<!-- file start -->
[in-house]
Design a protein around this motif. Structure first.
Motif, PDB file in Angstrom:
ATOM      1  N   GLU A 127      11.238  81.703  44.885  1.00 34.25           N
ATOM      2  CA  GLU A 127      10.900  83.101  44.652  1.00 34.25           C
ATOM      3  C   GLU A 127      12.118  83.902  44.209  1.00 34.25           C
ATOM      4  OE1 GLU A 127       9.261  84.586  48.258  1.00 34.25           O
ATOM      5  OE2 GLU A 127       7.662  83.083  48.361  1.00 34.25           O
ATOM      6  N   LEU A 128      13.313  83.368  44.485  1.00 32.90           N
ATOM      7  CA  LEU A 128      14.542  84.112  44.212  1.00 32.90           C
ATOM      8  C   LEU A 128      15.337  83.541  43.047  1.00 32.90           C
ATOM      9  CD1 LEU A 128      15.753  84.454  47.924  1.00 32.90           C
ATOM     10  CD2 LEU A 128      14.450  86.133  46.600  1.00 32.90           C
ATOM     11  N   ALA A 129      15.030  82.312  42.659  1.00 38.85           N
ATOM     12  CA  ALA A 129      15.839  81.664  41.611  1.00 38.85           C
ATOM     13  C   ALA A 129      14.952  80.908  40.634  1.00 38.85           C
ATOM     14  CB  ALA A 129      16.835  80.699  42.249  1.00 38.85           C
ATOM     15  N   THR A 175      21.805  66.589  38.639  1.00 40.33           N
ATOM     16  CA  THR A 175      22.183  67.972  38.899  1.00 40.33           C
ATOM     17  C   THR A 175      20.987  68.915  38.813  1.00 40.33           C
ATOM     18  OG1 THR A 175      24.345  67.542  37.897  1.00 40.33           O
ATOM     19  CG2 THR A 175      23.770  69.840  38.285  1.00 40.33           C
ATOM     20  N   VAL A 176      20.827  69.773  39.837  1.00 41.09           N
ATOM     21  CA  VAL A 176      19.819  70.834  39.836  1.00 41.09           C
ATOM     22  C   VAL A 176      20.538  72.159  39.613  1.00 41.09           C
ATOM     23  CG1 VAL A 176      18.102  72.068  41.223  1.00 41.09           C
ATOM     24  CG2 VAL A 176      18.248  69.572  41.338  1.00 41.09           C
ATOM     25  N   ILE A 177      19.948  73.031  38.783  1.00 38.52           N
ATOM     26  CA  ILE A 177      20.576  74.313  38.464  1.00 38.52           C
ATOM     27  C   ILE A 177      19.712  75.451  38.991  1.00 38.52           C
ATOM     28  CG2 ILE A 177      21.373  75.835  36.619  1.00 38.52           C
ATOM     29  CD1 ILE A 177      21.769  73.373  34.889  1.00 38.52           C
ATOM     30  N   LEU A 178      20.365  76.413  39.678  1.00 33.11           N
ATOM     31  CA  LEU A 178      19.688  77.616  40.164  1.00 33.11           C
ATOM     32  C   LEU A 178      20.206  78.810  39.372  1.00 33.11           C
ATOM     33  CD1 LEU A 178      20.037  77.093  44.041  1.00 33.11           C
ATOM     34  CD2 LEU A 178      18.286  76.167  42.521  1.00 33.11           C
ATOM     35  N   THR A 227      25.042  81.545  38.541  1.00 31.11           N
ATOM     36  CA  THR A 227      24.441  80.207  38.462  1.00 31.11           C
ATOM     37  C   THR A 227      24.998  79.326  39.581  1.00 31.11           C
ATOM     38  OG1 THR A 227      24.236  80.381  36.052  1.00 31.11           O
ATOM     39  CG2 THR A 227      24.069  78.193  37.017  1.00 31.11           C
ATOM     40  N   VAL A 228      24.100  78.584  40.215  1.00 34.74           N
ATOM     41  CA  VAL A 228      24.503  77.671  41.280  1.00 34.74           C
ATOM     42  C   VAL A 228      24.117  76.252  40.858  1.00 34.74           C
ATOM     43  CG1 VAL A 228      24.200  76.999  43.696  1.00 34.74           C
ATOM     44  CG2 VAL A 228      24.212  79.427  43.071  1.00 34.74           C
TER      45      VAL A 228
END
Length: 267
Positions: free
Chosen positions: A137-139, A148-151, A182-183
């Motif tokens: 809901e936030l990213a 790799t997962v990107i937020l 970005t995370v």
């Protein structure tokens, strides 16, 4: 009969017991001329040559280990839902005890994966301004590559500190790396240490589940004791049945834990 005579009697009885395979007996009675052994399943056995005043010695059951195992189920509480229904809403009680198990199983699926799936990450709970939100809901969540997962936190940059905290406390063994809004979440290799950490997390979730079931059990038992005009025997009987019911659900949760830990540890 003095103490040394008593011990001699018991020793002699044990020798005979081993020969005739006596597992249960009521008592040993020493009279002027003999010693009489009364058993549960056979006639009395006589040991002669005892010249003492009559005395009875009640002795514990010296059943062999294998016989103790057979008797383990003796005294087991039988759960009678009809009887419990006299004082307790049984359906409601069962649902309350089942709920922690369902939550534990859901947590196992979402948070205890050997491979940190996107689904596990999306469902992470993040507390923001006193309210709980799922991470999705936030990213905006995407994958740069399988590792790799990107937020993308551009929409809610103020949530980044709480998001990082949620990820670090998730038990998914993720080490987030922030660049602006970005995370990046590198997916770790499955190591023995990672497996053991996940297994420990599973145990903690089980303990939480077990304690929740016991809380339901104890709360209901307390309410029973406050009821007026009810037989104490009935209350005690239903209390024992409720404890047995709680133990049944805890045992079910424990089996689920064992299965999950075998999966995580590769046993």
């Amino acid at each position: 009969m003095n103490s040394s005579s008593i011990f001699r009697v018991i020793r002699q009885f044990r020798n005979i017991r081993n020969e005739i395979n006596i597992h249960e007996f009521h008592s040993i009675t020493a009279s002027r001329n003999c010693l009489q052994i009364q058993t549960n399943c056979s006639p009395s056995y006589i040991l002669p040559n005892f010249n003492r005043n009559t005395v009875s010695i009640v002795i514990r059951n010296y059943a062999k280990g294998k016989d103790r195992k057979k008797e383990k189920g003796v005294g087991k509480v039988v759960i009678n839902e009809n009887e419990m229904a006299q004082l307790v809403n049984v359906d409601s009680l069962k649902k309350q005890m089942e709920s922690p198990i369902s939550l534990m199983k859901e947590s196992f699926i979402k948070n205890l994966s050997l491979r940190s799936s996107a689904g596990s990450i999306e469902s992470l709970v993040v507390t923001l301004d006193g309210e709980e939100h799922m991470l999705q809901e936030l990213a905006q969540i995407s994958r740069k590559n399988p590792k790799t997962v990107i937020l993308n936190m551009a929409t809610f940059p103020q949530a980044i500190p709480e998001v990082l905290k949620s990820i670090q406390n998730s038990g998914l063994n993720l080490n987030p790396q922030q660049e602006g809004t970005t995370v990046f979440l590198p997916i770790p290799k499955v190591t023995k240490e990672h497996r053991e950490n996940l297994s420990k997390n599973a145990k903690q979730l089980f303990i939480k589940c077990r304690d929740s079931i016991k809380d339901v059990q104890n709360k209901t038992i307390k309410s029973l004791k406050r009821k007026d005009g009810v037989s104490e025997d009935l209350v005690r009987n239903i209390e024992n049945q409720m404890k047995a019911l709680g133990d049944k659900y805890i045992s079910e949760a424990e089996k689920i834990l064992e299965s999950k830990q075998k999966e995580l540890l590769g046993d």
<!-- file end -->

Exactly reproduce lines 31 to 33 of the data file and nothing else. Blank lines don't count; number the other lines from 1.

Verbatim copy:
ATOM     28  CG2 ILE A 177      21.373  75.835  36.619  1.00 38.52           C
ATOM     29  CD1 ILE A 177      21.769  73.373  34.889  1.00 38.52           C
ATOM     30  N   LEU A 178      20.365  76.413  39.678  1.00 33.11           N